Yet there are some that we do value in our society. It was reported this week that Microsoft co-founder Bill Gates, Amazon founder Jeff Bezos and Berkshire Hathaway CEO Warren Buffett have collectively more wealth than the 160 million poorest Americans, or half the population of the United States. It appears that the American story of money definitely likes these three guys. They’re special. So special they get a number so big that it is equal to half the “money” number in the whole United States. Hungry? Go ask them for a hand-out. All three have foundations that will write a few numbers into your bank account. But not too many, because, well, that's our story and we don't want to disrupt it with too much generosity. That would make the numbers less valuable, you see.
There is a saying that you can’t worship both God and Mammon. I’d agree, yet God for me isn’t some old guy sitting up in heaven watching us fight, kill, maim and destroy in the name of numbers loaded onto a computer. To me, God is the Life around us: Workers who labor, animals who graze and provide us food, water that flows from lakes and rivers into the oceans, and land that provides food, minerals, and precious, oh so precious, metals. Life is people and planet. If we worship life, then profit is merely a tool to help us exchange our work for goods and vice-a-versa. If we worship profit, or Mammon, then we will kill Life. It’s really that simple.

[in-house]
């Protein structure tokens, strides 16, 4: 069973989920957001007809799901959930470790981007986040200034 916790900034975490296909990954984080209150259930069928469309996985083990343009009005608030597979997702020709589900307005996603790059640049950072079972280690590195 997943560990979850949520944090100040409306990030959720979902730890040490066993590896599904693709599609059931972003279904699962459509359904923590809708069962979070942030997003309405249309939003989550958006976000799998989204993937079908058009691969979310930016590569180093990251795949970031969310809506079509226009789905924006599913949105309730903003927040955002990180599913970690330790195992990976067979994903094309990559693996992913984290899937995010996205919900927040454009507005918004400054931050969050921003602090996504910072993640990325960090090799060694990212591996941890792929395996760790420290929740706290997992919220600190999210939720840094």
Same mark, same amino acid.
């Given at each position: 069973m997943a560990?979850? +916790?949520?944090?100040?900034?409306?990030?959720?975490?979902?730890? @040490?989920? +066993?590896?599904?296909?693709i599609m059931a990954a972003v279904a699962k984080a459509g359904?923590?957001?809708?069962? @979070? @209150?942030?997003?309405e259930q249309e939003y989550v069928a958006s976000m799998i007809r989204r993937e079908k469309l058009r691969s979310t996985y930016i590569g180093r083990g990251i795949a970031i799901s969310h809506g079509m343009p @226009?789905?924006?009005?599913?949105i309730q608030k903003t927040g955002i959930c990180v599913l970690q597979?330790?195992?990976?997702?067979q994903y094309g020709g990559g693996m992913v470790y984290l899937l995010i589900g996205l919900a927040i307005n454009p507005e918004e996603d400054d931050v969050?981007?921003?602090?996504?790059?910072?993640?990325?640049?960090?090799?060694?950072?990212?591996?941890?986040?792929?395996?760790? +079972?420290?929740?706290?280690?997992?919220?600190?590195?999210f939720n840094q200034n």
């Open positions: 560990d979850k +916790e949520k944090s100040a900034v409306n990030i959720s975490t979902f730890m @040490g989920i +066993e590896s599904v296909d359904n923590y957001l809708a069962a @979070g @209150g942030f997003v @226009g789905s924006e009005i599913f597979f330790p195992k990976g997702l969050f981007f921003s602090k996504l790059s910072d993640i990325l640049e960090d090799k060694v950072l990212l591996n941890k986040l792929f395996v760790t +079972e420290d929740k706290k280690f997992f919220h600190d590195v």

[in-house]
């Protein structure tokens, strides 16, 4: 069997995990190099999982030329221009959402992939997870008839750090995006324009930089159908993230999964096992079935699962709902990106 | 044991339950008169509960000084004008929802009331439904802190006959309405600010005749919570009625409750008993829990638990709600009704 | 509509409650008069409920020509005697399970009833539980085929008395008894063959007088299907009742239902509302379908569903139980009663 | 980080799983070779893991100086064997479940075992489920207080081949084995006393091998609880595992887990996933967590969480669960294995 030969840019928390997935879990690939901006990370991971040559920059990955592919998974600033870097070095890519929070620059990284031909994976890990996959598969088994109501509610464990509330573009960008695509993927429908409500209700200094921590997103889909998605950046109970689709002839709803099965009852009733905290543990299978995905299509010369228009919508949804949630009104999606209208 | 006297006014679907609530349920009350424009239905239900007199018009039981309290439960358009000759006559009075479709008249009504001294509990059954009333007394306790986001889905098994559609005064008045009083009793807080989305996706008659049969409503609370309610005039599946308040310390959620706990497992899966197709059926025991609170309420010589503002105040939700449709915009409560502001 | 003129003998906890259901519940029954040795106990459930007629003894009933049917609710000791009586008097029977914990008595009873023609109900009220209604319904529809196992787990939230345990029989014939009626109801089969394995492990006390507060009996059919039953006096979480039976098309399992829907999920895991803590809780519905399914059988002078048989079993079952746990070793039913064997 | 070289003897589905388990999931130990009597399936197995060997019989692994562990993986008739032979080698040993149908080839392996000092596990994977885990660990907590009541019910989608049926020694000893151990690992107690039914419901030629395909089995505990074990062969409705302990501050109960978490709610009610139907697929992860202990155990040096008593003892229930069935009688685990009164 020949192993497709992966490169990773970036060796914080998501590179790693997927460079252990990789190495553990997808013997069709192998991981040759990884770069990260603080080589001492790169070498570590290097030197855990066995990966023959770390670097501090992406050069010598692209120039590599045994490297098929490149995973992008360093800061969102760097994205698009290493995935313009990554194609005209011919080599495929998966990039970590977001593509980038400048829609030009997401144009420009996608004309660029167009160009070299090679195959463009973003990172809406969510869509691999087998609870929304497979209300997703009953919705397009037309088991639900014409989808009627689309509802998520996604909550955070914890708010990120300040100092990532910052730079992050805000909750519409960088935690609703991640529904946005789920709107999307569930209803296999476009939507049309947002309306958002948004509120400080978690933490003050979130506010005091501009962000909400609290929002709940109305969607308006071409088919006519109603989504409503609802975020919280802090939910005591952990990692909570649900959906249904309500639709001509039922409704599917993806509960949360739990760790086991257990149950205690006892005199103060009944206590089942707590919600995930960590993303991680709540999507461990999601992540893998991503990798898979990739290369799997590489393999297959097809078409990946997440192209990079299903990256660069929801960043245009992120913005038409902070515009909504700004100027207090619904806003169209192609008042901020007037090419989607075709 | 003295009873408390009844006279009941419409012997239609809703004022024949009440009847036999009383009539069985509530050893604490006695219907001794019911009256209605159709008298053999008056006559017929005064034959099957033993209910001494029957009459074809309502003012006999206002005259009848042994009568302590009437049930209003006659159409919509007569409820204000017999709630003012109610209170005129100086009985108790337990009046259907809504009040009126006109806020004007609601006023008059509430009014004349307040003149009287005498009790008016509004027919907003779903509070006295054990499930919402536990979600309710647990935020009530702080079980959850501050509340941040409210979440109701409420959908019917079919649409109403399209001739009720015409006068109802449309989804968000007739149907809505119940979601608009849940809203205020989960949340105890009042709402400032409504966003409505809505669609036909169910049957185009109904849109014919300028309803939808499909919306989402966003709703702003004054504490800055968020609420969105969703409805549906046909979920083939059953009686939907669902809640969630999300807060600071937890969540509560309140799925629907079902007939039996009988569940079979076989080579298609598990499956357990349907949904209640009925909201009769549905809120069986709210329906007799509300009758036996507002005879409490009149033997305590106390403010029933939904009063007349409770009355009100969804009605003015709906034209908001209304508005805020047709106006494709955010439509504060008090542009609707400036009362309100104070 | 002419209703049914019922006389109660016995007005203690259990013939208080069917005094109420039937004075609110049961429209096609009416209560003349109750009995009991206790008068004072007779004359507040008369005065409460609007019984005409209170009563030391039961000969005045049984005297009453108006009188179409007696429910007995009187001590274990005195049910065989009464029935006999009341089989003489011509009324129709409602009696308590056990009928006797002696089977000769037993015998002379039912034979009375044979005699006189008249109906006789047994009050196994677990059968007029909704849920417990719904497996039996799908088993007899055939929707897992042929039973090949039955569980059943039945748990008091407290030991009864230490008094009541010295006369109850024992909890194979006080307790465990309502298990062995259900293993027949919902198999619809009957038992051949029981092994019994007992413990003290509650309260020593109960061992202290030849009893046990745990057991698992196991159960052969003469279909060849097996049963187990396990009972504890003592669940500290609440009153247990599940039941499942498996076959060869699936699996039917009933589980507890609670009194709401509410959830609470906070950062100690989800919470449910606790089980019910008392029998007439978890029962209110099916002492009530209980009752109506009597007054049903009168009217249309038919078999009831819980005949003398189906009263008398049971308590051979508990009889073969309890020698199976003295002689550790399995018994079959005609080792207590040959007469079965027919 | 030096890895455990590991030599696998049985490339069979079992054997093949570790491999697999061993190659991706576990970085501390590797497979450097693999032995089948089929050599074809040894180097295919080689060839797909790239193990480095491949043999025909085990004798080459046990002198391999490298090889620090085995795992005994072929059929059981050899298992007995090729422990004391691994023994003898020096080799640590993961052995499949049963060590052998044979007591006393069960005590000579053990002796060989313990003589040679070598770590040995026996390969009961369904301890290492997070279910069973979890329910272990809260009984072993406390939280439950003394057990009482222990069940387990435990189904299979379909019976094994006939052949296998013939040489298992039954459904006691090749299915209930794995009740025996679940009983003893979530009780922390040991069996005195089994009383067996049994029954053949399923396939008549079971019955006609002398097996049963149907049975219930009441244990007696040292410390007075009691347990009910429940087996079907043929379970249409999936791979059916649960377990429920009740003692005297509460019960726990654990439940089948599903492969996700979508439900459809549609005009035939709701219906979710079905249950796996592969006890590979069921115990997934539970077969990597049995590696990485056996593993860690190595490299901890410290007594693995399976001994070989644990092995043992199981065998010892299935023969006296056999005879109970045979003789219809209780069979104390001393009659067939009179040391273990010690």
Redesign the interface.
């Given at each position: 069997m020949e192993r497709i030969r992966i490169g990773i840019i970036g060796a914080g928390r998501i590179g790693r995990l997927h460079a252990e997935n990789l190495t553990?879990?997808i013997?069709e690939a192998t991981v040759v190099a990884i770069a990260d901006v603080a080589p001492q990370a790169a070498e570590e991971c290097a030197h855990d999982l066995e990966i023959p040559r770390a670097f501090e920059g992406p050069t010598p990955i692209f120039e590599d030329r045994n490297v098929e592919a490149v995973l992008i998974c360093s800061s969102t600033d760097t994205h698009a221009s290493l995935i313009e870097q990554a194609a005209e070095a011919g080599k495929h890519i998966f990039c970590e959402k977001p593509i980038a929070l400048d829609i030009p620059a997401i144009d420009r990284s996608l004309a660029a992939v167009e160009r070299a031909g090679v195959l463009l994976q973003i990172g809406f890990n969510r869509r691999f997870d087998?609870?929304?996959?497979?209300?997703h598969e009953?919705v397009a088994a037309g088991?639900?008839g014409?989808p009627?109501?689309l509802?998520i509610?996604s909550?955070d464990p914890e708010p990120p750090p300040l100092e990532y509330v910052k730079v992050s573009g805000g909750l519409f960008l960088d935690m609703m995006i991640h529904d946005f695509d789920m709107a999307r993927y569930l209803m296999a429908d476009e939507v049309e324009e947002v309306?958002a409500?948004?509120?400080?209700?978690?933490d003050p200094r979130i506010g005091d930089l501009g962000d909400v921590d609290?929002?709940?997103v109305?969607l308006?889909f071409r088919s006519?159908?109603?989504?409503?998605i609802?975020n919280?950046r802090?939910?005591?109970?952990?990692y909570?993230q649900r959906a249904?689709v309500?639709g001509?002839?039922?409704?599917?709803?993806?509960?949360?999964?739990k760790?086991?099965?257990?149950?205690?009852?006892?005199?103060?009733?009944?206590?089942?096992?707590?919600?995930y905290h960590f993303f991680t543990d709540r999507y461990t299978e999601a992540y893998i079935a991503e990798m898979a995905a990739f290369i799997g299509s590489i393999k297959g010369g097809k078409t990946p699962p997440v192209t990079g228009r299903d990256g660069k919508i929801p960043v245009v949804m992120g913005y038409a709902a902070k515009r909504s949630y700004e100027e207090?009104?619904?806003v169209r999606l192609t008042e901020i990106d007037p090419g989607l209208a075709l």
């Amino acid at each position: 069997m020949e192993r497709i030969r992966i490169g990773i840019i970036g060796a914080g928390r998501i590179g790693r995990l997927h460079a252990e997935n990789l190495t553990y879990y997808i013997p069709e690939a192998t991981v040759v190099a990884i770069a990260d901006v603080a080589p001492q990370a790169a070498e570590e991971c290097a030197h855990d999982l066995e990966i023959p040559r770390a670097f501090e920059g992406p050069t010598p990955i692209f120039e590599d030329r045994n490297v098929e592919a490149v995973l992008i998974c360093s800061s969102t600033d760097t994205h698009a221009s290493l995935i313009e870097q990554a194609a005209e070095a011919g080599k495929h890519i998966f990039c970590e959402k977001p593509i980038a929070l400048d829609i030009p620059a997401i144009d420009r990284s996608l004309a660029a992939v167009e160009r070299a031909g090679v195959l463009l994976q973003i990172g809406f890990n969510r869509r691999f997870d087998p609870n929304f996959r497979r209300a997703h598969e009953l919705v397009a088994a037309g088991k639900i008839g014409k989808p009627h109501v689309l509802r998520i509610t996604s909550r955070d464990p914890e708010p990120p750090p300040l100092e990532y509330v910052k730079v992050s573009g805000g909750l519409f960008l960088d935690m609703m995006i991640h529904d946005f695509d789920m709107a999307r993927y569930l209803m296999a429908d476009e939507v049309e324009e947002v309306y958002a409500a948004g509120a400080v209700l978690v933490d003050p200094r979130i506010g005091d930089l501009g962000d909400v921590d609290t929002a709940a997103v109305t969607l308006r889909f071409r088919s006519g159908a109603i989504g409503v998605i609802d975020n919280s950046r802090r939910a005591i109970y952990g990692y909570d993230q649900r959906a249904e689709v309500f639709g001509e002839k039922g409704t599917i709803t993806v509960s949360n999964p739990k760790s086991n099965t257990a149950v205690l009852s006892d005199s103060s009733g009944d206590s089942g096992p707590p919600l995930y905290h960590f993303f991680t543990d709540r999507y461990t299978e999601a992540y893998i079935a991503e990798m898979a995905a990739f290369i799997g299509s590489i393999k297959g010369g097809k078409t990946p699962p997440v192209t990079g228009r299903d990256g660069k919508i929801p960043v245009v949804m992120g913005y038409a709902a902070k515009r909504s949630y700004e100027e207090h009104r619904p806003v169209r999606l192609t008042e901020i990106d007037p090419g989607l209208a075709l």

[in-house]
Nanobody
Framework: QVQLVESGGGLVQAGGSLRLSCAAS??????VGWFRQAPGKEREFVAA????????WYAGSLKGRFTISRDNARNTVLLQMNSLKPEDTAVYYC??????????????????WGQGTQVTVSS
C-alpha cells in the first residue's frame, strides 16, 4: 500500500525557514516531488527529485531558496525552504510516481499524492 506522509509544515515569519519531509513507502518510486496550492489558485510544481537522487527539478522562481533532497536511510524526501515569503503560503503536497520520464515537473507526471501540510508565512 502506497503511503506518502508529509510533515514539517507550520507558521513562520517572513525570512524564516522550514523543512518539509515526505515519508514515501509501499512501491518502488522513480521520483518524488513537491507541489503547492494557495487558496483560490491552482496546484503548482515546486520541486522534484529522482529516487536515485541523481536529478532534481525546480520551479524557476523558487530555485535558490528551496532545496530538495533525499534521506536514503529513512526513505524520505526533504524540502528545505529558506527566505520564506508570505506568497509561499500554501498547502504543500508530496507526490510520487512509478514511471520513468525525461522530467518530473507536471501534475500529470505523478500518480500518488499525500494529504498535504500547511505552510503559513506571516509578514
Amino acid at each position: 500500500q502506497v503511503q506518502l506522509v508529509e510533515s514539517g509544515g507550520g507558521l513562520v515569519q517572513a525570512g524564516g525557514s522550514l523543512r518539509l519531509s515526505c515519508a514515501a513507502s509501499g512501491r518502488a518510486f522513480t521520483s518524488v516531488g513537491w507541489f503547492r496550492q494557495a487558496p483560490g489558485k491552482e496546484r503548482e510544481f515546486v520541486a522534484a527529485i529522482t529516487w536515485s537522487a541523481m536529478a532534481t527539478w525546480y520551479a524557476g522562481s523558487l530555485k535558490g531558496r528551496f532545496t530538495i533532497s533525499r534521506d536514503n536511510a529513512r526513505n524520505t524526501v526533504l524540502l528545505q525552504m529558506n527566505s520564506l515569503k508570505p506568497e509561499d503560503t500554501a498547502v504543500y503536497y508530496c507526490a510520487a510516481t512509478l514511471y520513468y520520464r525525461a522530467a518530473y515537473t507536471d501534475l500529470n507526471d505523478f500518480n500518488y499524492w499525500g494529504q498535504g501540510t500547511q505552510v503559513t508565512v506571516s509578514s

Take the polluting of the Earth. There is no solution until profit is no longer worshipped. No accords, agreements or promises stand a chance against the worship of Mammon. Think about it and you’ll see that keeping the Earth alive requires some number in some bank account somewhere to go down, and damn if that’s going to happen. Thus, the Earth will be depleted, mined, and polluted no matter what an individual has to say.
The irony of it all is that story of money is ours, albeit we have created it with a group mind that borders on the psychotic. I imagine this is the result when we worship Mammon over Life--our minds go to rot. But here’s the kicker—this just might be the only way to stop our own self-destruction. Choosing Life over Mammon and having the courage as a group to create an entirely new story that honors all three things: profit, planet and people. When we decide to worship Life, we free money to flow into the world and do its job, which is simply to allow the exchange of labor, ideas, goods and services. Money should drive innovation as an exchange, not as a weapon.
Money doesn’t want to be worshipped. Hell, it doesn’t even actually exist. All this pain is over nothing.
Nothing at all. How crazy is that?